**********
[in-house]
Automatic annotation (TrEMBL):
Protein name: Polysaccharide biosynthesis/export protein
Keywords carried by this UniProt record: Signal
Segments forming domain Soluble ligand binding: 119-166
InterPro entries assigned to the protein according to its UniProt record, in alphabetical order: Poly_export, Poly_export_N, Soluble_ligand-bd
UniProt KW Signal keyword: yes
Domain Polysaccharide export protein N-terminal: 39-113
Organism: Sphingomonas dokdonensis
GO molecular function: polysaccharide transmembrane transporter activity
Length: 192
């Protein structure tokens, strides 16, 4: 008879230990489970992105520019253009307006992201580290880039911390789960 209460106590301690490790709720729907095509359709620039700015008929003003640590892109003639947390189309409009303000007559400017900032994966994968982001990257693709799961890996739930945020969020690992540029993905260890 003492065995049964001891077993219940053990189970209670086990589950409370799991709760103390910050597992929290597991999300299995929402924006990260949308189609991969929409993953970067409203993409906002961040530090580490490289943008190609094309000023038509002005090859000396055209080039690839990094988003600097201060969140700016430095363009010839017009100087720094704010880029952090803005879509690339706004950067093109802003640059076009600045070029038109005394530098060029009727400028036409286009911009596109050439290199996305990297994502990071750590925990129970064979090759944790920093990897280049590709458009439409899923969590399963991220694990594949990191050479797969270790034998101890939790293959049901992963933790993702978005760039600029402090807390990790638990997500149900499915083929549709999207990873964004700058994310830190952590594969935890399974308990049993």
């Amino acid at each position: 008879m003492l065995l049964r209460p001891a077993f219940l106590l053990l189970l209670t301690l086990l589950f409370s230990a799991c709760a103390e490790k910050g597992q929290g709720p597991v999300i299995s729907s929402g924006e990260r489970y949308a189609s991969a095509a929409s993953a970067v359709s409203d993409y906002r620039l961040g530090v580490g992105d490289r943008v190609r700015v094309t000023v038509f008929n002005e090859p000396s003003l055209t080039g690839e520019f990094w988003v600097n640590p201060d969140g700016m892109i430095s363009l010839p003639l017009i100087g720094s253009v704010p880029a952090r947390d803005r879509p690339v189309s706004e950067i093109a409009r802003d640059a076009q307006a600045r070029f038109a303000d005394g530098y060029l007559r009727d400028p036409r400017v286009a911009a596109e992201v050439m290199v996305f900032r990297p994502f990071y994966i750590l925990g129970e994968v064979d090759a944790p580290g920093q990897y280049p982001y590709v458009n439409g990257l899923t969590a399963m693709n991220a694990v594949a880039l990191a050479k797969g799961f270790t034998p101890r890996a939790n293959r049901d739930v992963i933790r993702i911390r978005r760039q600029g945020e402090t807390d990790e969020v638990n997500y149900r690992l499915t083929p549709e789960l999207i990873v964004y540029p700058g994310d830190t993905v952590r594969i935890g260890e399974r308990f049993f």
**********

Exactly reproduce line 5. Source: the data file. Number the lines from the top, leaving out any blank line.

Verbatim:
Segments forming domain Soluble ligand binding: 119-166